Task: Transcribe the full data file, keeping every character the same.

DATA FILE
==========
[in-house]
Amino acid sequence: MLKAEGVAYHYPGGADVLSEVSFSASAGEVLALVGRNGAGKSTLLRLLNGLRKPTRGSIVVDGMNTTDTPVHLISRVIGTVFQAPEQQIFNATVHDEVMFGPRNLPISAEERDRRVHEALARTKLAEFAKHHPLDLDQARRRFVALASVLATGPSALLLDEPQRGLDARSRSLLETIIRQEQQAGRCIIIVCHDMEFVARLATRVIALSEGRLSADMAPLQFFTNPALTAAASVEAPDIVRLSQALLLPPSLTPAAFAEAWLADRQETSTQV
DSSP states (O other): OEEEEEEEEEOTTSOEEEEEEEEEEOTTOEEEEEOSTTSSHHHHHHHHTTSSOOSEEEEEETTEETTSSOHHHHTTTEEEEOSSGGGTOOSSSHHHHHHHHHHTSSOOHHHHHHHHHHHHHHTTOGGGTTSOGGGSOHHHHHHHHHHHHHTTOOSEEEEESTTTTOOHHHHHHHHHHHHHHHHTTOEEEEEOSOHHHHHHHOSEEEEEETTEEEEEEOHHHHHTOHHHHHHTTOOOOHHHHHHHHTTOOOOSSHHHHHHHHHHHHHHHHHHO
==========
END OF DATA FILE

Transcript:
[in-house]
Amino acid sequence: MLKAEGVAYHYPGGADVLSEVSFSASAGEVLALVGRNGAGKSTLLRLLNGLRKPTRGSIVVDGMNTTDTPVHLISRVIGTVFQAPEQQIFNATVHDEVMFGPRNLPISAEERDRRVHEALARTKLAEFAKHHPLDLDQARRRFVALASVLATGPSALLLDEPQRGLDARSRSLLETIIRQEQQAGRCIIIVCHDMEFVARLATRVIALSEGRLSADMAPLQFFTNPALTAAASVEAPDIVRLSQALLLPPSLTPAAFAEAWLADRQETSTQV
DSSP states (O other): OEEEEEEEEEOTTSOEEEEEEEEEEOTTOEEEEEOSTTSSHHHHHHHHTTSSOOSEEEEEETTEETTSSOHHHHTTTEEEEOSSGGGTOOSSSHHHHHHHHHHTSSOOHHHHHHHHHHHHHHTTOGGGTTSOGGGSOHHHHHHHHHHHHHTTOOSEEEEESTTTTOOHHHHHHHHHHHHHHHHTTOEEEEEOSOHHHHHHHOSEEEEEETTEEEEEEOHHHHHTOHHHHHHTTOOOOHHHHHHHHTTOOOOSSHHHHHHHHHHHHHHHHHHO